Accepted paper:

The Mariyamman cult in Puducherry, south India: an anthropological perspective on the social heterogeneity of Hinduism


Javier Gonzalez Diez (University of Turin)

Paper short abstract:

Goddess Mariyamman is one of the most popular deities among non-Brahmin castes in south India. Neglected by scholars and scorned by religious elites, the cult offers some insights on the internal heterogeneity of Hinduism and on the connections between beliefs and social structure.

Paper long abstract:

The purpose of my paper is to explore the social meaning of the Mariyamman cult in Tamil-speaking South India and its connections with Vedic and Brahmanic Hinduism. The paper presents results of fieldwork in progress in the Puducherry urban area, using data obtained by mapping Goddess Temples in the city and observing her yearly festivals. Mariyamman has long been neglected by most researchers, who considered her a survival of Dravidian culture, a "folk deity" or a "village goddess" opposed to Brahmanic Hinduism. In spite of this, the cult of Mariyamman is today practiced by the majority of Tamils not only in villages but also in urban peripheries. The population of non-Brahmin castes considers her a powerful goddess, closer to daily life than the principal deities of Hinduism. She is a non-vegetarian deity and both priests and worshippers come from middle and lower castes. Despite Brahmins' contempt, Mariyamman is also integrated by her followers in Hindu cosmology, through identifying her to Parvathi and Kali and connecting her cult to core Hindu cults, such as Ganesha and Shiva. In this paper I argue that the cult of Mariyamman is not just a simple folk cult: rather, it questions a monolithic view of Hinduism and represents a religious expression of middle and lower castes. The current strength, adaptation and diffusion of the cult in South-Indian urban contexts suggests, moreover, many interesting research perspectives on the connections between religious beliefs and social structure in Hinduism.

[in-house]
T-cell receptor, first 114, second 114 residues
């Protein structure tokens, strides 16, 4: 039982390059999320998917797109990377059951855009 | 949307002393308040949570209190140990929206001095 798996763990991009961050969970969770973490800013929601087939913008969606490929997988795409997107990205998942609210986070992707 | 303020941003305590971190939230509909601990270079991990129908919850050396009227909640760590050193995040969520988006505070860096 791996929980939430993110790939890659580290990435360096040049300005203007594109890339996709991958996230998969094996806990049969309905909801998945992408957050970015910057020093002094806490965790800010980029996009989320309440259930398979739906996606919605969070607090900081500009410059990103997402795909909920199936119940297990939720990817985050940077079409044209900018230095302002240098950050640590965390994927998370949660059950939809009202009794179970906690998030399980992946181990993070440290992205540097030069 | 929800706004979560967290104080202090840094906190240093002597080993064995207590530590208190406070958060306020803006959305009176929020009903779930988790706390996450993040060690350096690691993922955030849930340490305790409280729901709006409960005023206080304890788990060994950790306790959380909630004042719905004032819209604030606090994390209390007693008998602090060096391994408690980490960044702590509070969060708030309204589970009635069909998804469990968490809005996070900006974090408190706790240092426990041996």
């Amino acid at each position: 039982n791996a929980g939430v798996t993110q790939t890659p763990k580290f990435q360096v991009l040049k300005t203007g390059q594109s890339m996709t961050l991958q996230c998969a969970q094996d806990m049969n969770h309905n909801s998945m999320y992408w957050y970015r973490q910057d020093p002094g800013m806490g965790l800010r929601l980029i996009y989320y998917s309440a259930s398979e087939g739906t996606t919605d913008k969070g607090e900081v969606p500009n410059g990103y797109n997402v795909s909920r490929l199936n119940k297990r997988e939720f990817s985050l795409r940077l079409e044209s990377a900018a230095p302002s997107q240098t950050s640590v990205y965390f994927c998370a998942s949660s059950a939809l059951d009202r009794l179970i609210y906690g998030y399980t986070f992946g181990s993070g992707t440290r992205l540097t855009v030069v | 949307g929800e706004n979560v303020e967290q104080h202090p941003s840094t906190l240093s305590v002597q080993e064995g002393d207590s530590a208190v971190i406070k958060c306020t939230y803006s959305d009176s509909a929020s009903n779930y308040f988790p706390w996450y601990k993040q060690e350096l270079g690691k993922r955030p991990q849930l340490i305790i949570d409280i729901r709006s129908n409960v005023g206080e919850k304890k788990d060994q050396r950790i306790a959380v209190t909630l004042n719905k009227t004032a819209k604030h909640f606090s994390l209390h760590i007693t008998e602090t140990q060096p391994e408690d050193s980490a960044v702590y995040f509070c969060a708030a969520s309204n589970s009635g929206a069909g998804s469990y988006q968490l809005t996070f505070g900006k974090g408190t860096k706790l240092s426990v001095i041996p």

panel P71
Anthropologies of Buddhism and Hinduism